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File formats determine how data is coded within a file, and eventually what type of information the file can contain. Examples are JPG or PNG for images. All file formats have certain characteristics, and determining the right file format often begins with identifying your need to preserve – or maybe not preserve – a specific type of information.

When choosing file format, you should consider the following:

Restrictions on choice

There might be restrictions regarding file format that you have to take into account. The restrictions may be due to software, lab equipment, or similar that usually have some limitations regarding which file formats are supported.

Discipline specific standards

Some scientific disciplines have certain standards. If you are working on making your data according to the FAIR principles, you should work with file formats that support the need for interoperability and re-usability especially.

Demands for certain file types

If you are going to deposit or archive your data, there will often be restrictions regarding acceptable file formats. If you do not wish to spend unnecessary time on converting data between file types, you must choose a file format that will suit the entire research process.

Can my data fit within this file format?

Deciding on the right file format is often a matter of finding a suitable file format with a structure that can contain the data you want to save. One solution could be to store some data in one file format and supplement these data in another file and then link them together using e.g. an identifier. Another solution could be to convert between file formats.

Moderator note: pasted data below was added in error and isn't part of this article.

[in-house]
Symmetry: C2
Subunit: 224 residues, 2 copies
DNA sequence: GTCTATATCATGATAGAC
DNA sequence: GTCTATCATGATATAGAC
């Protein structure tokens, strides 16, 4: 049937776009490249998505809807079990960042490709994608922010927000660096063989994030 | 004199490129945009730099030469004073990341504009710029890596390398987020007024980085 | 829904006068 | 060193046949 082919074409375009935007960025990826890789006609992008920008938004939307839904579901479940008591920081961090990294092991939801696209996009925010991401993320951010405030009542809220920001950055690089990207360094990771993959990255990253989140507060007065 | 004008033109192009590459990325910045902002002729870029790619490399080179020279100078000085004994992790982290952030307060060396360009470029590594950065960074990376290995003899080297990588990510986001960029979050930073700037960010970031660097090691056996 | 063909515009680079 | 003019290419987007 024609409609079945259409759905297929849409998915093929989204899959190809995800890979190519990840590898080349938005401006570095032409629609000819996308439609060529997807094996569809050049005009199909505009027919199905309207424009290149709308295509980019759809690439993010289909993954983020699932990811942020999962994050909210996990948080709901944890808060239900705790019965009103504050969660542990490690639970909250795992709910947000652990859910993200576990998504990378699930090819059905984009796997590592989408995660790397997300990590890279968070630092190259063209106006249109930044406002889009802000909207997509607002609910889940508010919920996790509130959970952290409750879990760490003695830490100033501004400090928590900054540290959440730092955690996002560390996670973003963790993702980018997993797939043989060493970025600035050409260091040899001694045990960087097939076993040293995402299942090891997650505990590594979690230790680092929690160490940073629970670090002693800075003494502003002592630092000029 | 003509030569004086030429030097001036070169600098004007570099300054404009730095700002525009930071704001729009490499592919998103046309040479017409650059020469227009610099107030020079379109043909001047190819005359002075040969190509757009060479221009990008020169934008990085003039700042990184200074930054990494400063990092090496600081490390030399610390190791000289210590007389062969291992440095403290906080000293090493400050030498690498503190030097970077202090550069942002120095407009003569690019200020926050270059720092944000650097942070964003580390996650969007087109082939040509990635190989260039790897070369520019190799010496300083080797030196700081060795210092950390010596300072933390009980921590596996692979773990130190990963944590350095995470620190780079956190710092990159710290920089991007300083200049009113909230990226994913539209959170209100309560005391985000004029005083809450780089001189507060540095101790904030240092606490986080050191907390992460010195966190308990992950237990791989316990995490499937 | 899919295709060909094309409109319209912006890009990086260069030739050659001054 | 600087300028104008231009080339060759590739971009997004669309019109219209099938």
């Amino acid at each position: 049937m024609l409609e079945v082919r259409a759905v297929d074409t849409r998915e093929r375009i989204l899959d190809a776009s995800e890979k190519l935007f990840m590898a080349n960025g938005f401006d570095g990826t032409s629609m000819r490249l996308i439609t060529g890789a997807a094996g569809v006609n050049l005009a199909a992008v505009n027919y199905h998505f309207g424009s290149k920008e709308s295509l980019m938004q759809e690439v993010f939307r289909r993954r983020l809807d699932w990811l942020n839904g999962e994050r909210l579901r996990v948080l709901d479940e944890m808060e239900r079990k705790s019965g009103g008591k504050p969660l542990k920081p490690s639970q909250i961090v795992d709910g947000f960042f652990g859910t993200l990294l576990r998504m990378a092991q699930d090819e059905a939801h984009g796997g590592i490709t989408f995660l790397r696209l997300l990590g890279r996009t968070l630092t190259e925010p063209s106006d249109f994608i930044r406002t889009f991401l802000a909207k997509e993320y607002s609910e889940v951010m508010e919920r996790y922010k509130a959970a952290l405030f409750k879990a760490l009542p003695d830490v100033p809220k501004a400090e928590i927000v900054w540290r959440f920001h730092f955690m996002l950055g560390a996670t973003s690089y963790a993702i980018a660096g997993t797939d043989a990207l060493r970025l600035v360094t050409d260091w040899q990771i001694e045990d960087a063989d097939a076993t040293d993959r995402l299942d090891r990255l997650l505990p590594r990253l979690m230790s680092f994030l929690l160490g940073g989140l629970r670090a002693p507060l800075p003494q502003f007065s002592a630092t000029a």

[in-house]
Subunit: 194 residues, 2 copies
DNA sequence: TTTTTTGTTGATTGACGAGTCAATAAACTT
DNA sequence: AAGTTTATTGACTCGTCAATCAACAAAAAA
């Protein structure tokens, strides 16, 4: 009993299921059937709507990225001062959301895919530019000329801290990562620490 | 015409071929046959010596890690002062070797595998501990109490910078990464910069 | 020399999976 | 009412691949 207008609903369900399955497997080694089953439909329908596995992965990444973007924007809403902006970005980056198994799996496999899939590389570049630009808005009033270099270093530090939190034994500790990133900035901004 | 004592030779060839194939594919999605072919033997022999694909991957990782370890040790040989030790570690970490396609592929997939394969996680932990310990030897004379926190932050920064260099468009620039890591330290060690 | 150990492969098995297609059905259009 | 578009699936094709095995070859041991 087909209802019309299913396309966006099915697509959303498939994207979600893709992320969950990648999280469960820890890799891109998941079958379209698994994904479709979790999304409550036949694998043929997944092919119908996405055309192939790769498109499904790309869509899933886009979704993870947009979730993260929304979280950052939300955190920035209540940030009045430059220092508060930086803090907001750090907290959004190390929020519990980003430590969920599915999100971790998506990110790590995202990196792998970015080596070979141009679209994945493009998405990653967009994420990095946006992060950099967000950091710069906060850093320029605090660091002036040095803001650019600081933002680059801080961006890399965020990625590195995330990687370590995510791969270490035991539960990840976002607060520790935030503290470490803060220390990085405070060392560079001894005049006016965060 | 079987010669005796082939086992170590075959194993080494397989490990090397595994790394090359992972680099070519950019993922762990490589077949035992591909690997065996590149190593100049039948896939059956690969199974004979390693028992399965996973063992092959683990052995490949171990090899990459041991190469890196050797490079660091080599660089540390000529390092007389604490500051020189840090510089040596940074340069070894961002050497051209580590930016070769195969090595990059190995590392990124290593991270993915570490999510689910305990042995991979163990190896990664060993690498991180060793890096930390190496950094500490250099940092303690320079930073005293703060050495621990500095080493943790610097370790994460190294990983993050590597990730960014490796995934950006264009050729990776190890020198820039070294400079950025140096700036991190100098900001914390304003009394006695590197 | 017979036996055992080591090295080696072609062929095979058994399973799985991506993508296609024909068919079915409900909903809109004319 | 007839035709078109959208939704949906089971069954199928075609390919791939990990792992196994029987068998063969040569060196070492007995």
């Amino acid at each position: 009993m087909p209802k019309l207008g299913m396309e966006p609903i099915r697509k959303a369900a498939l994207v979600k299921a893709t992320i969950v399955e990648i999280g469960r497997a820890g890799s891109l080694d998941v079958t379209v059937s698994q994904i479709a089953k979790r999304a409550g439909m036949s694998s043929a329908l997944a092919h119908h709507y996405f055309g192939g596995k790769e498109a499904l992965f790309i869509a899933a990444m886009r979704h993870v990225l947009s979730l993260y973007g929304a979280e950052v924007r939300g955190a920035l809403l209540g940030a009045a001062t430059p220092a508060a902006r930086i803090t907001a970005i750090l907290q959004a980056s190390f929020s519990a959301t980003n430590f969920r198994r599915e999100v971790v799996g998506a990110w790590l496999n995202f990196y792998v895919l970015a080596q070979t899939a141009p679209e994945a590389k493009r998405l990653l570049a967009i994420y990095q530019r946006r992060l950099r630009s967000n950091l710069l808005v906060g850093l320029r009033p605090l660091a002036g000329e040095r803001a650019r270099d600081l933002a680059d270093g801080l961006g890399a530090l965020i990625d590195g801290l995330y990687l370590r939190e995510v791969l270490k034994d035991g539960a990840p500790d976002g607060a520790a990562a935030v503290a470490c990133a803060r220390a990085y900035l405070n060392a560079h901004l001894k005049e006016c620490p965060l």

Lossy compression vs lossless file formats

When working with media and multimedia (i.e. pictures, sound, film), in particular, you will often need to choose between file formats that use lossy compression and lossless file formats. Lossy file formats use an algorithm that often throws away data to reduce the file size. This holds for e.g. JPEG images. Often this is perfectly okay, but at other times you may want to preserve the data “intact”.

Open (non-proprietary) vs closed (proprietary) file formats

Some file formats are based on open standards with available documentation on how to utilize the files in this format. This is files like CSV and txt-files. Other file formats are closed and therefore named proprietary, which basically means that the “recipe” for unlocking them is secret. If possible, you should always strive for using open file formats that are non-proprietary. This will ensure that data can be preserved and read in the future.

Embedded metadata

Some file formats have an option for storing embedded metadata. An example of such formats is .jpg images that contain EXIF data about data, time, camera type etc. Word files also contain metadata regarding reviewing history etc.